What has Ultra Records done to set itself apart from the rest?

I think we’ve had great successes. Punjabi MC broke huge barriers – imagine having Punjabi-influenced dance and hip-hop even five years ago? It would never have been this widely received and yet here we are. One of the hit songs off that album was even featured on E.R.

We also have our very own Ultra brand of records and compilations which I think is very important. We’re really acting as a friendly authority by giving good suggestions as to what to listen to and I think consumers are responding to that. We also spend a lot of time and care on our packaging. We want the customer to get a full product, not just something to shove on his shelf. The beautiful girls featured on our Ultra brand albums do a lot to extend the brand.

What is easier? Chicken or the egg? Do you prefer taking an artist that already has a defined role in the spotlight or do you enjoy taking a new artist and bringing them to the limelight first?

I think it’s a bit of both, really. With Jamiroquai, for instance, it was easy on one level. He wanted to bring all of his songs into a mix and he knew exactly what he wanted. But then we get a new group, like Wax Poetic, and developing them is very exciting as well. They are all unique for those reasons. There is no formula with us, which can’t be said for others in the industry.

Speaking of formulas that most record labels are accused of: do you think the electronic music industry is fuelled by artists creating music and then labels pushing them, or rather labels choosing an artist and creating a product out of them?

It’s a lot of give and take, to be honest. Music is God, especially if you are a musician or work in that industry. It’s often all you can think about. If you have a great piece of music in your hands – one that you’ve completely fallen for – then there is no formula required. It’s good to have an industry so reliant on independent artists who thrive on doing their own thing because that proves that they have talent. We only like the talented because it makes it enjoyable to put them out to the listener. There are people who are mavericks of the industry who just really know where to find raw talent and bring it to the limelight. Those artists discovered by the mavericks always go down really well. We try to have a good ear.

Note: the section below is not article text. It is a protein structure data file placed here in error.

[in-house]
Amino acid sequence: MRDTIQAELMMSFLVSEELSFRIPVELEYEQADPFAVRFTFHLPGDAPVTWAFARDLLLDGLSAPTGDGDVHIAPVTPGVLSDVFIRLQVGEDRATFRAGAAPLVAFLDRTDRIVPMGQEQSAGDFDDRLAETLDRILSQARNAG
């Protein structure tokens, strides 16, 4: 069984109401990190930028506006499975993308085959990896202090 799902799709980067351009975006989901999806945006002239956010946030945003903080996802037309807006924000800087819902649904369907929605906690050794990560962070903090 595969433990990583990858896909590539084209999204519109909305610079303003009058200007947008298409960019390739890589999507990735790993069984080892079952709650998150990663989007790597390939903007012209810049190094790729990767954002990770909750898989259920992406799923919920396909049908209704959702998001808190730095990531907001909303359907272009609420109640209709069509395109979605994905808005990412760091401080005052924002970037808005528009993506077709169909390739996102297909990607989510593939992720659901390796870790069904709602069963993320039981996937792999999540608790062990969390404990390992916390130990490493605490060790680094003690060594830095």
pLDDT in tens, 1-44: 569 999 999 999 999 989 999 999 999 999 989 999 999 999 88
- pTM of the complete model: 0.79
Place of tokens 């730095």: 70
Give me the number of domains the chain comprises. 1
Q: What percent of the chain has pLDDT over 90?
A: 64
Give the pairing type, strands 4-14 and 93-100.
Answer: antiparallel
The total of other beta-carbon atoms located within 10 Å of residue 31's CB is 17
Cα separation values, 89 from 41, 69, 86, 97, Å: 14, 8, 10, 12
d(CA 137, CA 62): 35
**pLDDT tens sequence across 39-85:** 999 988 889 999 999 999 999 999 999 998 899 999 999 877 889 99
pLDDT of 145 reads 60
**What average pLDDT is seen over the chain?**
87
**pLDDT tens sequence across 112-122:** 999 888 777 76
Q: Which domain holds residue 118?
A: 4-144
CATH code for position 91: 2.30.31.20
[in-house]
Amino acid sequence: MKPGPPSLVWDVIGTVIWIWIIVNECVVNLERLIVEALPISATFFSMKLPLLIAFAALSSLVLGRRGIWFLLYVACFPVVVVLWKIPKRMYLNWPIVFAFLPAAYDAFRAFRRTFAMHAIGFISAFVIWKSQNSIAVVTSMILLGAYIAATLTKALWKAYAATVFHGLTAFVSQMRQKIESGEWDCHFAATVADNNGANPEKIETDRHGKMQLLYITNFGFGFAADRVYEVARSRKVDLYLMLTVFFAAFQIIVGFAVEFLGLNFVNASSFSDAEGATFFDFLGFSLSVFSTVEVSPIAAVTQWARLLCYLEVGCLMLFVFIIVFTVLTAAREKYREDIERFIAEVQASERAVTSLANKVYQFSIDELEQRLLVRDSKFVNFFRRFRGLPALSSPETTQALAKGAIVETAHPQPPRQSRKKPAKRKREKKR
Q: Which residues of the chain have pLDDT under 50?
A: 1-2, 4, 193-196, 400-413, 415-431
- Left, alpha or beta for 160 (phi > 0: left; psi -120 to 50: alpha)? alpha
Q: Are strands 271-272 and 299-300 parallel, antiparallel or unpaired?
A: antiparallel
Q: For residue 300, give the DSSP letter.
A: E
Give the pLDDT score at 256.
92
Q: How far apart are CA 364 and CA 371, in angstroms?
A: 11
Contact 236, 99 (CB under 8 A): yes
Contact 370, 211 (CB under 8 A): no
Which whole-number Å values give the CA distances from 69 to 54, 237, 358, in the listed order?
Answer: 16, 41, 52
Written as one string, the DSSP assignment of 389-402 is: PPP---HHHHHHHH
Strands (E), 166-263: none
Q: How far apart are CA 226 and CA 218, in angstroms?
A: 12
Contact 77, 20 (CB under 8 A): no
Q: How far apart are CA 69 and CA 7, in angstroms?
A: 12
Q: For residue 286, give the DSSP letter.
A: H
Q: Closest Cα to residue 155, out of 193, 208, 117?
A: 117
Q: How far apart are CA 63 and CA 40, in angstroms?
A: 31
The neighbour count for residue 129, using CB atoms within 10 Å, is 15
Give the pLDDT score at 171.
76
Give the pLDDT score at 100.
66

What is next for Ultra?

It’s becoming more and more important to get great art for our album covers. We really want to deliver a more visual aspect to the music, which I think for electronic music is very important. We work with cutting edge designers and really work to develop our Ultra series of records. We’ve started offices in London, England and are expanding into Canada as well. I’d like us to become massive, but not in an offensive-to-the-consumer sort of way. We want to become an authority on the genre of dance music and the ideas are just flowing. We’ve got the package down and we’re starting to move globally. It’s an exciting time.